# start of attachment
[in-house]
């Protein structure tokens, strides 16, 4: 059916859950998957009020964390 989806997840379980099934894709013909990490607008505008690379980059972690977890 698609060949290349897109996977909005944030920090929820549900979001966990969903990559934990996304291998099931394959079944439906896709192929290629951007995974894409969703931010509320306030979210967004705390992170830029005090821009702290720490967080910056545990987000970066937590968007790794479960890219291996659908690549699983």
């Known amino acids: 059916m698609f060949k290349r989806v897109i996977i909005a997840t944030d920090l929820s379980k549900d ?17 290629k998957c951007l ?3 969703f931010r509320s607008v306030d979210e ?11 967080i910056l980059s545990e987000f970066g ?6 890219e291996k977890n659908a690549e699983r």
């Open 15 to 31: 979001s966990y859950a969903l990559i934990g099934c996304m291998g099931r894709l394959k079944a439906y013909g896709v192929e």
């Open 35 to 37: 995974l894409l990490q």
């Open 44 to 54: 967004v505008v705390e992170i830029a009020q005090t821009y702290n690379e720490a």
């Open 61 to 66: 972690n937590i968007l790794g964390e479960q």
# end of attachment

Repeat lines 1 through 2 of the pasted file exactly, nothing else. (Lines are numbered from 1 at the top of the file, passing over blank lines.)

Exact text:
[in-house]
């Protein structure tokens, strides 16, 4: 059916859950998957009020964390 989806997840379980099934894709013909990490607008505008690379980059972690977890 698609060949290349897109996977909005944030920090929820549900979001966990969903990559934990996304291998099931394959079944439906896709192929290629951007995974894409969703931010509320306030979210967004705390992170830029005090821009702290720490967080910056545990987000970066937590968007790794479960890219291996659908690549699983």